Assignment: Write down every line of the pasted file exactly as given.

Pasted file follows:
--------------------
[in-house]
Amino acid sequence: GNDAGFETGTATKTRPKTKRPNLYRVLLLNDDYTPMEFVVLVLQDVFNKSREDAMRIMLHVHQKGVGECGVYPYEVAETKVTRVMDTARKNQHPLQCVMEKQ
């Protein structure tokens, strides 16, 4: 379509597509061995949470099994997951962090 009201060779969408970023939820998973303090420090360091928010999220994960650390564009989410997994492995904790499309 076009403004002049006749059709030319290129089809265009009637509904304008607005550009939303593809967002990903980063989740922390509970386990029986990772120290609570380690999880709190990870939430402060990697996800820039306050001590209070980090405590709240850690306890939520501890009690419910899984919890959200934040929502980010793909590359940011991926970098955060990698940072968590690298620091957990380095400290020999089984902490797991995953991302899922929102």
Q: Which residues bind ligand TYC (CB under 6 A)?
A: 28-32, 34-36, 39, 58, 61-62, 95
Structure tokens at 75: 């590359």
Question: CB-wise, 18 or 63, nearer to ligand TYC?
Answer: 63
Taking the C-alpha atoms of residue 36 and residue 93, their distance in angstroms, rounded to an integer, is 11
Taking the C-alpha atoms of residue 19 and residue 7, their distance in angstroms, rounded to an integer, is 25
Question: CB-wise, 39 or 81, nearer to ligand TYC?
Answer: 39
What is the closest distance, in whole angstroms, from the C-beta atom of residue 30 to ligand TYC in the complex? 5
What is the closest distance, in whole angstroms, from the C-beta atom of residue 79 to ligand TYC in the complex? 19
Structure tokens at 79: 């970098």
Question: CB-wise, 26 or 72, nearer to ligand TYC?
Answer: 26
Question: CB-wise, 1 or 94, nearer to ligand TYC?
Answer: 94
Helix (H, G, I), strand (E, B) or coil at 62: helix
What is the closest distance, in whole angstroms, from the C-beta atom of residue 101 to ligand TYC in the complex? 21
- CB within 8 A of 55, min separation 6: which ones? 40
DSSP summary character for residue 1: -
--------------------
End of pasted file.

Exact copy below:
[in-house]
Amino acid sequence: GNDAGFETGTATKTRPKTKRPNLYRVLLLNDDYTPMEFVVLVLQDVFNKSREDAMRIMLHVHQKGVGECGVYPYEVAETKVTRVMDTARKNQHPLQCVMEKQ
């Protein structure tokens, strides 16, 4: 379509597509061995949470099994997951962090 009201060779969408970023939820998973303090420090360091928010999220994960650390564009989410997994492995904790499309 076009403004002049006749059709030319290129089809265009009637509904304008607005550009939303593809967002990903980063989740922390509970386990029986990772120290609570380690999880709190990870939430402060990697996800820039306050001590209070980090405590709240850690306890939520501890009690419910899984919890959200934040929502980010793909590359940011991926970098955060990698940072968590690298620091957990380095400290020999089984902490797991995953991302899922929102």
Q: Which residues bind ligand TYC (CB under 6 A)?
A: 28-32, 34-36, 39, 58, 61-62, 95
Structure tokens at 75: 């590359």
Question: CB-wise, 18 or 63, nearer to ligand TYC?
Answer: 63
Taking the C-alpha atoms of residue 36 and residue 93, their distance in angstroms, rounded to an integer, is 11
Taking the C-alpha atoms of residue 19 and residue 7, their distance in angstroms, rounded to an integer, is 25
Question: CB-wise, 39 or 81, nearer to ligand TYC?
Answer: 39
What is the closest distance, in whole angstroms, from the C-beta atom of residue 30 to ligand TYC in the complex? 5
What is the closest distance, in whole angstroms, from the C-beta atom of residue 79 to ligand TYC in the complex? 19
Structure tokens at 79: 């970098």
Question: CB-wise, 26 or 72, nearer to ligand TYC?
Answer: 26
Question: CB-wise, 1 or 94, nearer to ligand TYC?
Answer: 94
Helix (H, G, I), strand (E, B) or coil at 62: helix
What is the closest distance, in whole angstroms, from the C-beta atom of residue 101 to ligand TYC in the complex? 21
- CB within 8 A of 55, min separation 6: which ones? 40
DSSP summary character for residue 1: -